In the opening scenes of Kedarnath, the camera pans the mighty Himalayas and I gasped at the landscape. Complementing the stunning visuals of the magnificent mountains was the resounding score of Amit Trivedi’s Namo namo shankara.
The film is shot around the holy Hindu shrine of Kedarnath which is situated in the lap of the Himalayas. A pilgrimage to this Shiva shrine involves an arduous uphill trek of 14 km. Sushant Singh Rajput plays Mansoor Khan, a porter or a pitthoo, who ferries pilgrims, on his mule or on his back, up the steep mountainous path. In a hilly location, where livelihoods of the poor depend on backbreaking manual work and tourist footfalls, religious differences often take a back seat. And so sprightly Mansoor goes about his work happily, ringing the temple bells in gratitude with a smile on his lips.
He catches the eye of Mukku (Sara Ali Khan) who is a priest’s daughter. Mukku is short for Mandakini, for she is named after the gurgling river that flows through Kedarnath. Although Mandakini literally means ‘one who flows calmly’, the river has always known to be unpredictable during torrential rains. Like the river, Mukku is loquacious, outspoken, feisty and full of life, which is completely out of place in a household where women are expected to be submissive and quiet.
Egged by Mukku’s persistence, the subdued and introvertish Mansoor falls in love with her. The rest of the story is jaded and predictable— the usual reluctance and rage from both communities against a Hindu-Muslim affair. Abhishek Kapoor’s foray into direction is forgettable, as is the screenplay. When intermission rang in, the bland story had reached no where.
Things completely changed after the interval. The film recreates the horrific Uttarkashi floods and landslides of 2013 realistically. I shuddered as nature unleashed its fury and people’s loves and lives completely dissolved in its rage.
Sara Ali Khan shines in her debut. She is confident, spunky, pretty and also a cut above her mother, Amrita Singh. She hardly displays any awkwardness associated with a first film. Whether she is swearing, flirting or simply sulking, she succeeds in capturing your eye. Sushant, on the other hand is subdued, except for the first scene and in a dance. I couldn’t decipher whether this was deliberate— does he play an introvert, or was he expected to depict someone vulnerable in the power play? Either way, his effervescent self in the first scene is completely contradictory to his shyness when confronting Sara.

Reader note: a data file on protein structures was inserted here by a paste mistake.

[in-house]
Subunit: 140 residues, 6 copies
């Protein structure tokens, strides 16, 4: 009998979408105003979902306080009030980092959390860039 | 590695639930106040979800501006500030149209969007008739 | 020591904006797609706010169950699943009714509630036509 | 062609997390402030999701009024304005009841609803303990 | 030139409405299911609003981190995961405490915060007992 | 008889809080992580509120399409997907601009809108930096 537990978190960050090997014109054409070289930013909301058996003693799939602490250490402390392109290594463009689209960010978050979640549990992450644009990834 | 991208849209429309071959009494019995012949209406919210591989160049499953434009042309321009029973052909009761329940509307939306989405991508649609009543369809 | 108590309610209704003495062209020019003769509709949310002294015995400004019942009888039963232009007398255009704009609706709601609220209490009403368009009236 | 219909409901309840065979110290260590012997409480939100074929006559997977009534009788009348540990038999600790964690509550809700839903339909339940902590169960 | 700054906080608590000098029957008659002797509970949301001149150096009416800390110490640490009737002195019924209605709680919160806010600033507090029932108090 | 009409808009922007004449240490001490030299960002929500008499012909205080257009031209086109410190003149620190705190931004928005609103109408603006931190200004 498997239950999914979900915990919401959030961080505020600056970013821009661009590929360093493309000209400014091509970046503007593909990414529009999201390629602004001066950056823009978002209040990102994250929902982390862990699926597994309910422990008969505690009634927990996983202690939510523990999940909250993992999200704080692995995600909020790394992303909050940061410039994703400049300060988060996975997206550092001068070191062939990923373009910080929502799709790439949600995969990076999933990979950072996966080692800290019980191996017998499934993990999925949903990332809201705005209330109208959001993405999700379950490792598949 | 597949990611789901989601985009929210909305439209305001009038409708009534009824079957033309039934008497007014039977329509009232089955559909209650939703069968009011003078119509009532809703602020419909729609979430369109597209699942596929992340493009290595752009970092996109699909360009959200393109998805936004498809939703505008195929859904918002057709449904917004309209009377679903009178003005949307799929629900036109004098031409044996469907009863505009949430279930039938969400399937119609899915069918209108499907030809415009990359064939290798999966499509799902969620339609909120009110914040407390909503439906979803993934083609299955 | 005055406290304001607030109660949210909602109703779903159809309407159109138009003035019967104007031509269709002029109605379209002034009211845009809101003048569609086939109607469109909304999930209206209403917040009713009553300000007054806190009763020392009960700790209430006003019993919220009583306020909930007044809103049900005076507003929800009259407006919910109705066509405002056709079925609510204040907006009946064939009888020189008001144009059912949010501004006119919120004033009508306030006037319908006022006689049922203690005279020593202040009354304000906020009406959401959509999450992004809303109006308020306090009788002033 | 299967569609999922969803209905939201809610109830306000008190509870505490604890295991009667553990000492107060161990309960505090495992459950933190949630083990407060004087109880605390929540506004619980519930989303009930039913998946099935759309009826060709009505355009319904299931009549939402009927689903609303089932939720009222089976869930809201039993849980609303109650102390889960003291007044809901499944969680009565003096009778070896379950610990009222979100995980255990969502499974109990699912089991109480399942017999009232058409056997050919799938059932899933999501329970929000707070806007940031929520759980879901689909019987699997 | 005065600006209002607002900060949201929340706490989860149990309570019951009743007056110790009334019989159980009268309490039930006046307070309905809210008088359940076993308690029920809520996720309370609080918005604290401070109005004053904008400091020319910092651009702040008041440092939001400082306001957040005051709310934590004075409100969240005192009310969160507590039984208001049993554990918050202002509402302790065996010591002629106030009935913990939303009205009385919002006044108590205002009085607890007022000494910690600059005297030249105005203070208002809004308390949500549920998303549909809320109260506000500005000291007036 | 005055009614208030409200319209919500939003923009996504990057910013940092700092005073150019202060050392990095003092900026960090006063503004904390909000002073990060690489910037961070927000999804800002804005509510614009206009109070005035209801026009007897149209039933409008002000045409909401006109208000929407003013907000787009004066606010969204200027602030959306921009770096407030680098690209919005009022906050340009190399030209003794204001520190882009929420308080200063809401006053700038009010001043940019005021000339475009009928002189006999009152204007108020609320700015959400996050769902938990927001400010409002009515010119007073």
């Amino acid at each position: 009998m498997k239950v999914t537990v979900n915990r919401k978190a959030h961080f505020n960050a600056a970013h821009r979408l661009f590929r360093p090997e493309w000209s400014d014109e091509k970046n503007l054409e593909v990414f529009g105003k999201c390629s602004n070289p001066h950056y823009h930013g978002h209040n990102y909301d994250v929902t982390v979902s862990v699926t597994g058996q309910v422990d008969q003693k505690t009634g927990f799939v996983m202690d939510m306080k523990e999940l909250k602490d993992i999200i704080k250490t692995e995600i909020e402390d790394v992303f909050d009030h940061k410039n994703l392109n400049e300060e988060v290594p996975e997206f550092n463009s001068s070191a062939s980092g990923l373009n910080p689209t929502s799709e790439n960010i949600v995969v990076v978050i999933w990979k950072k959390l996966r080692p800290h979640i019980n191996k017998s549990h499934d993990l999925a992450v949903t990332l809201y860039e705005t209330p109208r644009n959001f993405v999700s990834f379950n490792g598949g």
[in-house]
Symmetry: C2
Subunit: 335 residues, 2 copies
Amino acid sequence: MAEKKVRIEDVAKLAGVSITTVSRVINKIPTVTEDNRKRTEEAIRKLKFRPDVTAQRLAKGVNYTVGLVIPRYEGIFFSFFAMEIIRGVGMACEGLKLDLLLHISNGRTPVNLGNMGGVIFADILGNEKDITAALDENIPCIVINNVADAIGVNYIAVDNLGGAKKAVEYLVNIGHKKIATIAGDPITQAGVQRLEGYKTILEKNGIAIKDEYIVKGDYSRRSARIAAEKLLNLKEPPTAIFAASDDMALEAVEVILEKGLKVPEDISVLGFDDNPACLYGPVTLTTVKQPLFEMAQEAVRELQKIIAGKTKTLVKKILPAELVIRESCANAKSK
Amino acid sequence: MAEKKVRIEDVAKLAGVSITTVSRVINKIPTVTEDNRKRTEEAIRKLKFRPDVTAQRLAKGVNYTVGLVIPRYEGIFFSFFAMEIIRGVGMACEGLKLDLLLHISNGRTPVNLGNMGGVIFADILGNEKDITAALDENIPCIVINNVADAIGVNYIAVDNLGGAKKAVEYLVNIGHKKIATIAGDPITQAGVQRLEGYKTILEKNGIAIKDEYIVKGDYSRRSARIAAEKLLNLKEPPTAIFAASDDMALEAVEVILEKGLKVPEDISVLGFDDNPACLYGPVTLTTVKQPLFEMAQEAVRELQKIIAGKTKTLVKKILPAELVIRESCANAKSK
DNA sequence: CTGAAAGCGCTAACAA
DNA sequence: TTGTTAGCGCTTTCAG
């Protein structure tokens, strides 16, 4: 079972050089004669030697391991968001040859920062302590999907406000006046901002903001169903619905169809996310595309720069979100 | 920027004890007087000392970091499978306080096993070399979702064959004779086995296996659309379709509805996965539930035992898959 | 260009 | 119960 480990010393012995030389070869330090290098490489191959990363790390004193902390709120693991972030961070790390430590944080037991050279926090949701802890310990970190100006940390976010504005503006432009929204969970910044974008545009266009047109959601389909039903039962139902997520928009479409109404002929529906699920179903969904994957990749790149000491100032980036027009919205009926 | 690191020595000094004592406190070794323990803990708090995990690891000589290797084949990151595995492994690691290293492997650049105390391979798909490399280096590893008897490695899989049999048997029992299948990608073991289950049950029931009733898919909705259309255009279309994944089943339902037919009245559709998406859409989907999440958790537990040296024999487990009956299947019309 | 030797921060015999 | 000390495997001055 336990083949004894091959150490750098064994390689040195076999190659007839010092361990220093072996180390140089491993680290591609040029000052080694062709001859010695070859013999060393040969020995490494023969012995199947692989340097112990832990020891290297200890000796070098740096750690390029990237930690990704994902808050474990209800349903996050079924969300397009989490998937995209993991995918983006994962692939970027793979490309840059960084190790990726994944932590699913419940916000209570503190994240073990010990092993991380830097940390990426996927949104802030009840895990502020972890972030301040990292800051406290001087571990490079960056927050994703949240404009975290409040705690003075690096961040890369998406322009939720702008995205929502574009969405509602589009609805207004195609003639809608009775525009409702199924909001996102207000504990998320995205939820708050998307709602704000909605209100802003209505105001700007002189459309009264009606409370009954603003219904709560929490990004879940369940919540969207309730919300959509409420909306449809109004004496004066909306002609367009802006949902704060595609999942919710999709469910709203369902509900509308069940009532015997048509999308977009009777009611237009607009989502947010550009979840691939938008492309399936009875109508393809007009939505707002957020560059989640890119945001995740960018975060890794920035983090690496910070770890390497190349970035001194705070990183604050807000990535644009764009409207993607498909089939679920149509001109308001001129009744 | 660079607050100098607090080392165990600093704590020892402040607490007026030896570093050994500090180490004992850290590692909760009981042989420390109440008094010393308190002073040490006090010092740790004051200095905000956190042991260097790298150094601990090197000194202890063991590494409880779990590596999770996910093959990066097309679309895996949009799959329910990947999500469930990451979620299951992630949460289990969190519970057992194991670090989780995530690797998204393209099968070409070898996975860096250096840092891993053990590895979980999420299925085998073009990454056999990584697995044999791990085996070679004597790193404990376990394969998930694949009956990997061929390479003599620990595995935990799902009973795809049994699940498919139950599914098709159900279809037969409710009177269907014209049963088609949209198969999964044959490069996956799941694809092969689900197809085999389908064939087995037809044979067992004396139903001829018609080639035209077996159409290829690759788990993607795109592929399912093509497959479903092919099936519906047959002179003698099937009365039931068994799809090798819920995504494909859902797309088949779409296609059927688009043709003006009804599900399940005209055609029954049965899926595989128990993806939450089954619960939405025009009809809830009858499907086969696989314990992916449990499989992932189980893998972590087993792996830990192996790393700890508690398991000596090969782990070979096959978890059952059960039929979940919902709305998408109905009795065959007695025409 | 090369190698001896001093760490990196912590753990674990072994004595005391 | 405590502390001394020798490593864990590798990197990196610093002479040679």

What could have been better? The screenplay and story, definitely. I appreciated the attempts to layer the story by adding conflict between Mukku and her sister over a broken betrothal. But it was not enough. There is also the worn-out fiance angle, which isn’t quite credible. There was scope to talk about environmental concerns from the over-marketing of the shrine in violent disregard of the fragile ecosystem. But my gut feeling is that the makers chickened out when confronted with the radicals who threatened to ban the film on religious grounds. So there are half-hearted cursory references to what caused the melting of the glaciers and the floods.
If there is one reason I would recommend watching Kedarnath for, it is to savour Tushar Kanti Ray’s spectacular cinematography. Amit Trivedi’s musical score is as refreshing as the mountain breeze and simply blends into the story telling. Of the songs, besides Trivedi’s infectious Namo Namo Shankara, I also liked Arijit’s rendition of Qaafirana. Asees Kaur’s husky voice in Jaan ‘Nisaar suits Sara’s ebullience.
The nightmarish visuals of the 2013 tragedy which befell the pilgrims of Uttarkashi left me with a shrivelled heart. Kedarnath is a grim reminder that nature has the upper hand in our lives. When she expresses her wrath, our woes and wrangles look worthless. Our stories melt into nothingness when she writes her script. And it is time we gave her the respect she deserves.